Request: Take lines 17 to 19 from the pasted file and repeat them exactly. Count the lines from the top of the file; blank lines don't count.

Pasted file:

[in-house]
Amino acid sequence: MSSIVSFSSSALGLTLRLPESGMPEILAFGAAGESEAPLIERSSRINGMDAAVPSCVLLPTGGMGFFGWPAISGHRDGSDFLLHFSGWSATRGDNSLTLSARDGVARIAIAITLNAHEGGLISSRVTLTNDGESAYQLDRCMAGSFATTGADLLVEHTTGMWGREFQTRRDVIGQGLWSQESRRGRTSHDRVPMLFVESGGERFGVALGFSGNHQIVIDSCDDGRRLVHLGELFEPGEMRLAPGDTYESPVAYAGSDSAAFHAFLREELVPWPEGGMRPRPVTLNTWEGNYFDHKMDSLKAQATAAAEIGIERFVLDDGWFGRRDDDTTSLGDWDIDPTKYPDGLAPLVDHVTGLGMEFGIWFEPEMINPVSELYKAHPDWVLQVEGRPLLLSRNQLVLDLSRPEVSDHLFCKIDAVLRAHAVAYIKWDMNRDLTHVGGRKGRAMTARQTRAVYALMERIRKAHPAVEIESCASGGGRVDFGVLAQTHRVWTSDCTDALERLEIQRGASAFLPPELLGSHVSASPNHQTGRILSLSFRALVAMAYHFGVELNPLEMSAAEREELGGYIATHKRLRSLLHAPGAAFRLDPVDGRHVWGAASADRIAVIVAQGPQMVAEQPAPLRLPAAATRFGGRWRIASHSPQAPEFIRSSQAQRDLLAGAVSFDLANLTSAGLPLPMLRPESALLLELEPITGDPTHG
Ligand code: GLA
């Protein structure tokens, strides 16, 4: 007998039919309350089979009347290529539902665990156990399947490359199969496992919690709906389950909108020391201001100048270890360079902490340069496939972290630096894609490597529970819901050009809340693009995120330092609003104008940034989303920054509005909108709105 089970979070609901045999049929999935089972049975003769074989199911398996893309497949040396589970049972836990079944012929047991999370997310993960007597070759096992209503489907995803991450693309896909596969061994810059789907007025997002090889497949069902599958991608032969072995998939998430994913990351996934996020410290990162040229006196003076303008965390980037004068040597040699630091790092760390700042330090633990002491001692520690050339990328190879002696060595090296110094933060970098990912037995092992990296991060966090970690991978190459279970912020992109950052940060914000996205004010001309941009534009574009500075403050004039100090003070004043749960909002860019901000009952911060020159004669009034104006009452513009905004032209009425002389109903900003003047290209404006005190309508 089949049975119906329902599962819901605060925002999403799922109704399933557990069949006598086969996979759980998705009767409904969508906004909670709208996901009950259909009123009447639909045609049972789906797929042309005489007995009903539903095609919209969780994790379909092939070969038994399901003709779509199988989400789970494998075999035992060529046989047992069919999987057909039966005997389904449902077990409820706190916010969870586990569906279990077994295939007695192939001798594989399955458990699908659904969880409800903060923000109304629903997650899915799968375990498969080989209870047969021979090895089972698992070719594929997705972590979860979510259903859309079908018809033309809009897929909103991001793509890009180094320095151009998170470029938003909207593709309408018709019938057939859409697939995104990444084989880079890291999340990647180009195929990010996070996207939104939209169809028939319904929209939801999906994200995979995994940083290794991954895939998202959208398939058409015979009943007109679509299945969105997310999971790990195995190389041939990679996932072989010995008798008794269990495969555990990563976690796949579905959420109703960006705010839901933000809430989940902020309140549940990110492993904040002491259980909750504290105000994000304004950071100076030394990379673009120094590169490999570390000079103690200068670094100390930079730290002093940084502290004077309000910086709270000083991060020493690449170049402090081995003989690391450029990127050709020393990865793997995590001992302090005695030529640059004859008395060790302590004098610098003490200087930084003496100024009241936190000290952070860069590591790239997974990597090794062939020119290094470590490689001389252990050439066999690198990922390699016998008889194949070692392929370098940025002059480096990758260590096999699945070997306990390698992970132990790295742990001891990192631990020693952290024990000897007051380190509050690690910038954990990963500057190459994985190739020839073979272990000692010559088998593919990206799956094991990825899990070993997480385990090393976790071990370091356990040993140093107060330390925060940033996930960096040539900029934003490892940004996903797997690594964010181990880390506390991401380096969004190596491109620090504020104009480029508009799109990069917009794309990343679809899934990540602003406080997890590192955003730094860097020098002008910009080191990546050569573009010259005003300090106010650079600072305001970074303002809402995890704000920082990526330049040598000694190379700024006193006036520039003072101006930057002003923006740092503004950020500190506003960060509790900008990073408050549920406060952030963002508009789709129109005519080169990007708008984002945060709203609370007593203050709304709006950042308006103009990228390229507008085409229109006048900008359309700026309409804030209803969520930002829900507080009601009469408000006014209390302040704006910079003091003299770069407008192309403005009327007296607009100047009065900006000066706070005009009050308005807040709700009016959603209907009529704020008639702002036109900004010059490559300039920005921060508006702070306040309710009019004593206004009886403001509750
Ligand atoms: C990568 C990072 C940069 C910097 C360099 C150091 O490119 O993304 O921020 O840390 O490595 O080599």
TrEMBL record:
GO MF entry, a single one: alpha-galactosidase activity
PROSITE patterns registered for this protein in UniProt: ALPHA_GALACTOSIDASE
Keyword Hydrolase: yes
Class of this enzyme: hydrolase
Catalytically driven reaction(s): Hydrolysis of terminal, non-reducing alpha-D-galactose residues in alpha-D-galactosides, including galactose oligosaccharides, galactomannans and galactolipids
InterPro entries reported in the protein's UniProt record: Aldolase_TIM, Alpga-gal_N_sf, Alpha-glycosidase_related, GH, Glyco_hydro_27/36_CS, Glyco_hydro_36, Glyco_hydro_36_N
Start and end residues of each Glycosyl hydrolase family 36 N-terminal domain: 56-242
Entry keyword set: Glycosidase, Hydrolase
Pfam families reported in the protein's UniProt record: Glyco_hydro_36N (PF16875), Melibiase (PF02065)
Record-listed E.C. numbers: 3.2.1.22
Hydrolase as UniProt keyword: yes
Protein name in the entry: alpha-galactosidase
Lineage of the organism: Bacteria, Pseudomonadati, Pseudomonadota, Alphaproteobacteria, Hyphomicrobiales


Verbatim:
Hydrolase as UniProt keyword: yes
Protein name in the entry: alpha-galactosidase
Lineage of the organism: Bacteria, Pseudomonadati, Pseudomonadota, Alphaproteobacteria, Hyphomicrobiales